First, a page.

Extended reality, or XR, is an umbrella term to describe a few related technologies that include virtual reality, augmented reality, and mixed reality. And since these technologies reflect different ways of actually looking at your software, services, and the world around you, Samsung’s announcement confirms that the company is developing a new wearable screen or headset.
“A lot of different companies…were making these ads about different realities,” TM Roh, president of Samsung’s mobile experience business, told The Washington Post in an interview. “So we also made similar preparations, least of all.”
Roh did not elaborate on Samsung’s first new XR product, which will not appear at Wednesday’s launch event. “We’re getting there, but we’re not very far,” he said.
“For the chipset, it will be a strategic cooperation with Qualcomm. The software will be provided by Google,” said Roh. He added that the software will be provided by Google.
“For the ecosystem, we’ve been trying to define which platform we’re working with,” Roh said. “In the end, we decided it would be Google,” he added, referring to a new, previously unannounced version of the Android operating system intended to power devices such as wearable screens.
Google and Qualcomm have separately confirmed the partnership on the XR.
“We’re excited to work with our partners to build a new generation of immersive computing experiences that raise the bar for what users can do with Google,” said Google spokeswoman Kaori Miyake.
Qualcomm CEO Cristiano Amon said at the launch that with the combined experience of its partners, “we have the foundation to make these opportunities a reality and drive the future of the spatial Internet.”
Roh also said Samsung’s extended reality project will include service partnerships with Meta and Microsoft, though he declined to elaborate.
Establishing reasons to use — and continue to use — these types of extended reality devices is arguably more important than word of a new gadget, which is why Samsung ran its partnerships rather than a concrete product announcement at its launch party.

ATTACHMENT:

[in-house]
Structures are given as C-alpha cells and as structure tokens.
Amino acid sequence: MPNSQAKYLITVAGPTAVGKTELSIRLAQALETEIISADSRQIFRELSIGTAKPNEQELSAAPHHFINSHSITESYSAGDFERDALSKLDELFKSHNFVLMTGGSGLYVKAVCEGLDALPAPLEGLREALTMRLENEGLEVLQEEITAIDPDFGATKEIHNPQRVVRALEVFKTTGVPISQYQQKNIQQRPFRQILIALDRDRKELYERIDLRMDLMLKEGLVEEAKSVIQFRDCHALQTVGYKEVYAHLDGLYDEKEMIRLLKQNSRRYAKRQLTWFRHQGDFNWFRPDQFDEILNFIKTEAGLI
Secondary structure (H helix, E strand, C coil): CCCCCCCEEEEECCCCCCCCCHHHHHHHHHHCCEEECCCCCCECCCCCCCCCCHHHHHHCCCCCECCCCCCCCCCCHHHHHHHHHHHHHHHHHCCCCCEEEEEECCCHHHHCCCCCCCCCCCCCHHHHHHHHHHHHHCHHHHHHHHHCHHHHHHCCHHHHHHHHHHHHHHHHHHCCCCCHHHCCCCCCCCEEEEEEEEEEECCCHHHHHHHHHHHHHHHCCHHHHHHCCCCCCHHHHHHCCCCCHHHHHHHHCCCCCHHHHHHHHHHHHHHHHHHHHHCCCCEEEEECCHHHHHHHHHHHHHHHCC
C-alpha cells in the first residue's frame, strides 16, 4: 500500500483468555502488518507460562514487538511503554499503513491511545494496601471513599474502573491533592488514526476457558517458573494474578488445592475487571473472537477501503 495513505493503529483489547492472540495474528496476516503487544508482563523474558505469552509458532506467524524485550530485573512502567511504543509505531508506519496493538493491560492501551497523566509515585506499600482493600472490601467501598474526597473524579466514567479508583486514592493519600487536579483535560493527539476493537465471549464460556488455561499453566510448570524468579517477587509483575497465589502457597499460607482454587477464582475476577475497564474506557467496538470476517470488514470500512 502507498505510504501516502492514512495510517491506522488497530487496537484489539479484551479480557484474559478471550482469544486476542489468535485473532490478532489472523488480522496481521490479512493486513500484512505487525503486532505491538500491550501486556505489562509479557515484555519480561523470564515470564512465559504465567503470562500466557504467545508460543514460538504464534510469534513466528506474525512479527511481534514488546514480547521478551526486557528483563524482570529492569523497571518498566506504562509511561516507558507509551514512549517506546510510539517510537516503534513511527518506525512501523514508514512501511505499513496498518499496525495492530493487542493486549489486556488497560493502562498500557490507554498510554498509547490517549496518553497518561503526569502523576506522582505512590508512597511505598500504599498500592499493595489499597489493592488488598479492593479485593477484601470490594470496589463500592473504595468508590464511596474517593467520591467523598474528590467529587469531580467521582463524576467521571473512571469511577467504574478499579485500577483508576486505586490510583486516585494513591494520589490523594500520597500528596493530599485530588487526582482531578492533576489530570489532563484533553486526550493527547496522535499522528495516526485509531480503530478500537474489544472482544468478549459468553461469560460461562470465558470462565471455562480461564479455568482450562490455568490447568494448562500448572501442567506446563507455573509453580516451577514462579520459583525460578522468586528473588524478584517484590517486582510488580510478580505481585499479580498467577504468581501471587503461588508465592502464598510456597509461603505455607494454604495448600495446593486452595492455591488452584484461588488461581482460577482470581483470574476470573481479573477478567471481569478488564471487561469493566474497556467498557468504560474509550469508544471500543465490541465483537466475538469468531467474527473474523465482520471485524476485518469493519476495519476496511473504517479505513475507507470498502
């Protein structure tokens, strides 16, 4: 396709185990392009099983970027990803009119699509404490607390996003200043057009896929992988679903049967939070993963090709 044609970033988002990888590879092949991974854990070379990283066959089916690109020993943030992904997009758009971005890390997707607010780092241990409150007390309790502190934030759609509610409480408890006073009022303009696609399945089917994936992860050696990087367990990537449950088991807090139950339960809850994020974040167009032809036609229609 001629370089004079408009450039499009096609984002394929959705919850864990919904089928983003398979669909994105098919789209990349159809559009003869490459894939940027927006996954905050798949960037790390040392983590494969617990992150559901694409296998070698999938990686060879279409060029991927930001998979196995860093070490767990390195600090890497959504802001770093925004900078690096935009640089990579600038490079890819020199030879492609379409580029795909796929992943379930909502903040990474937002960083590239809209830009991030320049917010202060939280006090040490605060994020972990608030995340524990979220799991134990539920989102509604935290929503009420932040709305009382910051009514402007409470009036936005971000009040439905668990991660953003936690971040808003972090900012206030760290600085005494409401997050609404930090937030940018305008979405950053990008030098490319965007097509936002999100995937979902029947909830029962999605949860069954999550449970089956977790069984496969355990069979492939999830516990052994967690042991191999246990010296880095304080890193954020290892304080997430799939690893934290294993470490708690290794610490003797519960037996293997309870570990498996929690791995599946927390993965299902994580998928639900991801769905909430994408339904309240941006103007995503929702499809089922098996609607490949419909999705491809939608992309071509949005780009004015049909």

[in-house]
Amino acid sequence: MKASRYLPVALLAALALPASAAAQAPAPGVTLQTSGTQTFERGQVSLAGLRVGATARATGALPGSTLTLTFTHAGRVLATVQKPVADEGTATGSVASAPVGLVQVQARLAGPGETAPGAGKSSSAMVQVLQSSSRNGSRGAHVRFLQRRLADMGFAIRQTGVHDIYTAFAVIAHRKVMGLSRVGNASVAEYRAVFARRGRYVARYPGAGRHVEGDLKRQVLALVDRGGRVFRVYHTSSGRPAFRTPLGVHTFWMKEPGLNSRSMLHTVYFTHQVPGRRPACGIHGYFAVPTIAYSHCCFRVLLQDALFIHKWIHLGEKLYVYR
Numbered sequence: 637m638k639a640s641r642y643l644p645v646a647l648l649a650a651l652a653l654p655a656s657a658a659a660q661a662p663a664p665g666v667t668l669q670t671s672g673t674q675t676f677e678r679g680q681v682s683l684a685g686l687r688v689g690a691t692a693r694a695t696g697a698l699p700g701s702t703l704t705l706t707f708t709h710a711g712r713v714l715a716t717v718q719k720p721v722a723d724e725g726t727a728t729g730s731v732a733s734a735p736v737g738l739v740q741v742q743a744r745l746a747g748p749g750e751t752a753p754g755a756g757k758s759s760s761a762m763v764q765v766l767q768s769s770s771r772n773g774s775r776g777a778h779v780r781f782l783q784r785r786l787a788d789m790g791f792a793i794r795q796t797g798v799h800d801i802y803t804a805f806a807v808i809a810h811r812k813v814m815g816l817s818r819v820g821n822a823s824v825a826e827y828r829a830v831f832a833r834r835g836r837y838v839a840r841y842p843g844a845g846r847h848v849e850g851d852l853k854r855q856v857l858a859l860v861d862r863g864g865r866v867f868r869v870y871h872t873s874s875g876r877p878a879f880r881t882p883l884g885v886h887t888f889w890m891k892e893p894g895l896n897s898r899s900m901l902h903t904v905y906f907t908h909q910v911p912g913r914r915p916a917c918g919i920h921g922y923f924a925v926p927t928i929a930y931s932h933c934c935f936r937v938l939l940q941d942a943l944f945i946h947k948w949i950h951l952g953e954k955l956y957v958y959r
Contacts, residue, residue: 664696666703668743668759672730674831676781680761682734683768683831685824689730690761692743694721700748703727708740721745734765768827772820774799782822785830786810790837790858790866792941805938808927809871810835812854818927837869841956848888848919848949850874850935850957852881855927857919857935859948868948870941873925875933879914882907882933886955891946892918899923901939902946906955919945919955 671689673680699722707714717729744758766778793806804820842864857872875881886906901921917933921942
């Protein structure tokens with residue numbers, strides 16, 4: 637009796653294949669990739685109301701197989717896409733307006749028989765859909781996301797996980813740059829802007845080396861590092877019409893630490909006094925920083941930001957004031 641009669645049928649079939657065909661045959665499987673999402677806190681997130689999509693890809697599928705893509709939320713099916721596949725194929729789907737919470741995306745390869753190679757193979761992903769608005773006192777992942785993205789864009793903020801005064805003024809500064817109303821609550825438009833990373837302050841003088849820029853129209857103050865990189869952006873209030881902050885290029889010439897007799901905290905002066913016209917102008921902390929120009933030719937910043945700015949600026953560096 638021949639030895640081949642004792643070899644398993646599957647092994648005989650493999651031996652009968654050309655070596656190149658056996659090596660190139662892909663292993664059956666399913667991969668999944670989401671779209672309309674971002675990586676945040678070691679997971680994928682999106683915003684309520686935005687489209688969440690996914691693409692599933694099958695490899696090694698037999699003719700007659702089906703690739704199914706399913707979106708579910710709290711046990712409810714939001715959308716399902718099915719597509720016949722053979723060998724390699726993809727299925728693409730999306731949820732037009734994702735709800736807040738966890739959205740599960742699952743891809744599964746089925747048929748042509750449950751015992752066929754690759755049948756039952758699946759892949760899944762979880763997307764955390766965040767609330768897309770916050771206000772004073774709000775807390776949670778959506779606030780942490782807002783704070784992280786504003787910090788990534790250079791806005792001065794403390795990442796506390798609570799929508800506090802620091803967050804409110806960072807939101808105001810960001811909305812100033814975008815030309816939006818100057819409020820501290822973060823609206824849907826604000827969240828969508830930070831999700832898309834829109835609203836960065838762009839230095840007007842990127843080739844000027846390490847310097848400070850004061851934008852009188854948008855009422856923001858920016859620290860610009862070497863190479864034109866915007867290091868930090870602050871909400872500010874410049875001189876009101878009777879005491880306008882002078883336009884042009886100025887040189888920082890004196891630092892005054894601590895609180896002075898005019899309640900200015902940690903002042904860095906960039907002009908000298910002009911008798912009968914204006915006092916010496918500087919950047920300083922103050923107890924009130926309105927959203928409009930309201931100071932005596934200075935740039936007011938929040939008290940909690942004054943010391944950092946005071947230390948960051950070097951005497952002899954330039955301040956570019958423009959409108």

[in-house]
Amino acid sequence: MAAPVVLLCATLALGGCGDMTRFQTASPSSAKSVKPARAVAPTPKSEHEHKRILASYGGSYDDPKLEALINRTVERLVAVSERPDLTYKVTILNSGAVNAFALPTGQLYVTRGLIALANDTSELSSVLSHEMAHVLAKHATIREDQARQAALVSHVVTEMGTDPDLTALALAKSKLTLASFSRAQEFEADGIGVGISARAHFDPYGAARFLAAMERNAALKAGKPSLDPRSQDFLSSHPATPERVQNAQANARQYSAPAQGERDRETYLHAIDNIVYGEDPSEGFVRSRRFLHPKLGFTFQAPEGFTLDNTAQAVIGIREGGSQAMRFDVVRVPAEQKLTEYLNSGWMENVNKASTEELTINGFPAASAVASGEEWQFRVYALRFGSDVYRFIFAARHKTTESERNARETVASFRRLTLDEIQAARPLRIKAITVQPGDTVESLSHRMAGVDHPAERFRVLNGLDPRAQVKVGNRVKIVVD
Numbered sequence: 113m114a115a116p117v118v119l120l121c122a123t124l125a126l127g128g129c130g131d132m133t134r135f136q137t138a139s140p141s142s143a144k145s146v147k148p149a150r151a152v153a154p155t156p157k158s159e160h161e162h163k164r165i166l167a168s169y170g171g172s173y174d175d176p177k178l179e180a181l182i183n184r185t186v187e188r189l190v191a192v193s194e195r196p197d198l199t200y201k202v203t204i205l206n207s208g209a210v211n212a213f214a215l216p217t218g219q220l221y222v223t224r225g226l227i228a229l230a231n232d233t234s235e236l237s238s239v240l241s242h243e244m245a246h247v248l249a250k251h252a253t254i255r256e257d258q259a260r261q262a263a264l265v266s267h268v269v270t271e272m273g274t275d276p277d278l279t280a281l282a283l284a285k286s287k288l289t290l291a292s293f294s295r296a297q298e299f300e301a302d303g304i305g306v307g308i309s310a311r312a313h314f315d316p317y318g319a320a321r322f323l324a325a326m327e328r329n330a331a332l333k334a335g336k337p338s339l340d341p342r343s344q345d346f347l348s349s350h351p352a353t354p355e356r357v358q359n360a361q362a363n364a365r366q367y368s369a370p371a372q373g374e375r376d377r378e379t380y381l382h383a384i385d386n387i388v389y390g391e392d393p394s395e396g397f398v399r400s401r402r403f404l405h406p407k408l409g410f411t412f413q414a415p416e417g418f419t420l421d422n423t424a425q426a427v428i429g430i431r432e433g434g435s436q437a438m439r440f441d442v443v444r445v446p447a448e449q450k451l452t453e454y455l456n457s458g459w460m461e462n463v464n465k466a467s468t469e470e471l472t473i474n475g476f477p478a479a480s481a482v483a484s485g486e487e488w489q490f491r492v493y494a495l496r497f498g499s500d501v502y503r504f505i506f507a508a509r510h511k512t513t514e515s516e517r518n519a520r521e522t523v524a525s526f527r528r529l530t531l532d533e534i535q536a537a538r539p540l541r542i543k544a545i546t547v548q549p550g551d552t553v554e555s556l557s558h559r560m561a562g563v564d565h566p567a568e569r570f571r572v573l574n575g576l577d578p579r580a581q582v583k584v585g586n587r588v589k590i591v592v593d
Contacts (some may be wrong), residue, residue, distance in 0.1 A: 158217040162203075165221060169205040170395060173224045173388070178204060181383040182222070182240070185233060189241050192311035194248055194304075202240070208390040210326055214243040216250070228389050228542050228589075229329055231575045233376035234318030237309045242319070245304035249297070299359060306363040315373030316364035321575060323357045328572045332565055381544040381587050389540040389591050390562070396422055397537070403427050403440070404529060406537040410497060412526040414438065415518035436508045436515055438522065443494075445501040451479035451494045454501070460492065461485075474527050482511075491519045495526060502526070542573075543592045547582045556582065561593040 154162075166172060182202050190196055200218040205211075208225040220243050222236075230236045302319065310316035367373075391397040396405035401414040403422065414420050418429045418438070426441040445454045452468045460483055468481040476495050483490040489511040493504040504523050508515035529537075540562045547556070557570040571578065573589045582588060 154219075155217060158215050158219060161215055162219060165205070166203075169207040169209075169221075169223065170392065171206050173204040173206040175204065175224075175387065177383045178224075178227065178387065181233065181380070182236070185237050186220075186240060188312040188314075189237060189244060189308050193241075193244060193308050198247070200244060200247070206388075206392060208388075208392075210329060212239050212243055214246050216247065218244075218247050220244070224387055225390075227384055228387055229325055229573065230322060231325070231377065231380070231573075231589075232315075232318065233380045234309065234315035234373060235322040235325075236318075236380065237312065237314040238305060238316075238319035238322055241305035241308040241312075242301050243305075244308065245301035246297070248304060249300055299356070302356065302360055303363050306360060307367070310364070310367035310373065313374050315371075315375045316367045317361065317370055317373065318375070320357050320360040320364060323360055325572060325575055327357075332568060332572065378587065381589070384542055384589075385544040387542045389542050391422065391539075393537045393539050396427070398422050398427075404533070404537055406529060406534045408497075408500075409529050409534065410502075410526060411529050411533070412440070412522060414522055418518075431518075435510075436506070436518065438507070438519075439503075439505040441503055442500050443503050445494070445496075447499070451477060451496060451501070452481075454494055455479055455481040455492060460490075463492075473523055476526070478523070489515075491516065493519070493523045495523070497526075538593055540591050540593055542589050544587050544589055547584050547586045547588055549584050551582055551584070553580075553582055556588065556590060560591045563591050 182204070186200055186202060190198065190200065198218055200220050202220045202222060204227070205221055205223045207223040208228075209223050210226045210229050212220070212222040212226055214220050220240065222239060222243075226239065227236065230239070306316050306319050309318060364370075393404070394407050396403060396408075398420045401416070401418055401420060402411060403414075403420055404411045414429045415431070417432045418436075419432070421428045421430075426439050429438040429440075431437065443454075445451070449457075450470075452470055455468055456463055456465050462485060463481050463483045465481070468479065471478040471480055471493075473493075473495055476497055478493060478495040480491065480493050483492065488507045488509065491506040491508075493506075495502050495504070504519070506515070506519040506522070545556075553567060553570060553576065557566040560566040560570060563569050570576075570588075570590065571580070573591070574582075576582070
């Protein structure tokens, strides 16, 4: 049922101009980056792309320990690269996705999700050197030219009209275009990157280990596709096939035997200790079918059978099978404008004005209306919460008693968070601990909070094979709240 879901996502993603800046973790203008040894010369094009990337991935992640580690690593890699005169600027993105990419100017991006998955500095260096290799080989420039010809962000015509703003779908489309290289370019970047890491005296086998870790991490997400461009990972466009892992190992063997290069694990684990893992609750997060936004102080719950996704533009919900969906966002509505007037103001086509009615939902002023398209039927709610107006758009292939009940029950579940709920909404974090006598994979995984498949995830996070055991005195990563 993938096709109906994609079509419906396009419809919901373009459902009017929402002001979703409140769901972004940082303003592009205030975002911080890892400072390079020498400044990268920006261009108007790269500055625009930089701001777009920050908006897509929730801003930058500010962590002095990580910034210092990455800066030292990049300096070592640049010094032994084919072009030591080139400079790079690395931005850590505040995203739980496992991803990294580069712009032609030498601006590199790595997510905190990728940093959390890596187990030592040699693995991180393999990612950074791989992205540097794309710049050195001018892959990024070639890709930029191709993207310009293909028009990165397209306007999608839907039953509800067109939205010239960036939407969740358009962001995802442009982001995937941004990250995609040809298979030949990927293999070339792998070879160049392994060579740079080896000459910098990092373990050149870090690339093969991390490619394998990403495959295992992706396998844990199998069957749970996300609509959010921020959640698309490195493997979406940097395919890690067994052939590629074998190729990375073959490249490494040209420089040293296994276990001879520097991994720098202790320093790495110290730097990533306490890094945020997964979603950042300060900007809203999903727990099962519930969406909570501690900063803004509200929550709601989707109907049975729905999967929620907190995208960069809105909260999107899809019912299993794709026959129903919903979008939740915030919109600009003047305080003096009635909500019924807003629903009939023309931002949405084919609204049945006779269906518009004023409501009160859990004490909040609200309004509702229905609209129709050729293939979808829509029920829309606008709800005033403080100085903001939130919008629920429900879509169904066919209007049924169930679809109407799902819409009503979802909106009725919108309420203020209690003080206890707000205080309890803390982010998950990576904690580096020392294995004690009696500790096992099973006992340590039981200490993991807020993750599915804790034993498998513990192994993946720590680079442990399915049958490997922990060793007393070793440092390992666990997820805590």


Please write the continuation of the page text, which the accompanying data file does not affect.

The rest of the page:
“We think the ecosystem has to be somewhat ready for the product to launch and for the product to be successful as well,” said Roh. “And as you know, there have been many attempts by other companies so far, but they have not been as successful as had been hoped because perhaps the ecosystem was not as ready as it should be.”
Samsung’s work on a wearable computing device shouldn’t come as a surprise — it has a lot of history there. In 2015, it gave people a first taste of virtual reality at an affordable price with its Gear VR headset, as users inserted their smartphones into it. (The company periodically updated the headset’s design until it stopped developing new designs a few years later.) Then, in 2017, it launched the Odyssey—a headset intended for use with Windows PCs—and released a revised model the following year.
Subsequently, Samsung backed away from building such products while companies, including Facebook Meta owner, made immersive computing devices a cornerstone of their corporate strategies. Since then, however, there have been recent layoffs meta And other companies, incl Microsoftto shrink their extended reality teams, in the process casting some doubt on their visions of the Metaverse.
Meanwhile, Apple is widely expected to unveil its first XR as early as this spring. This product — an expensive mixed reality headset — is said to track hand and body movement, as well as deliver immersive images that can fade into a real-world scene, according to Bloomberg News. Apple did not immediately respond to a request for comment.
Although much of the extended reality buzz has focused on the Meta and Apple, the partnership of three companies with collective expertise in screens, software, and chip design may help this new endeavor find a foothold in a crowded market soon. And that could mean more choices for consumers as the devices we use to be productive and stay connected change in form and scope.
But this first peek at Samsung’s next frontier comes at a critical time for the company. Smartphone shipments contracted by 12 percent globally in 2022, according to Research firm CanalysRecently, lower consumer device demand led to Samsung’s lowest quarterly profit in years.
Roh acknowledged that market demand for smartphones may remain weak during the first half of this year as consumers remain cautious about purchases.
Even as Samsung prepares for what may be its next venture, Roh said he doesn’t view the business as an existential risk to the rest of Samsung’s mobile business. Even though demand has shrunk, he said, he believes more discerning consumers will continue to invest in “premium” products for the additional benefits they offer.
In the case of this year’s new Galaxy S23 smartphones, this includes improved processor performance and a continued focus on cameras. For example, the $1,199.99 Galaxy S23 Ultra includes a new 200MP sensor that the company says will produce better night photos.
“[Smartphones] It will continue to build on consumer features and needs and will provide more new experiences,” Roh said. Among those, he said, are immersive experiences that can change the way we look at and interact with our phones.
When it comes to augmented reality and mixed reality, “Of course there are devices for that, too,” said Roh. “But maybe they can be attached to a smartphone and evolve further from there.”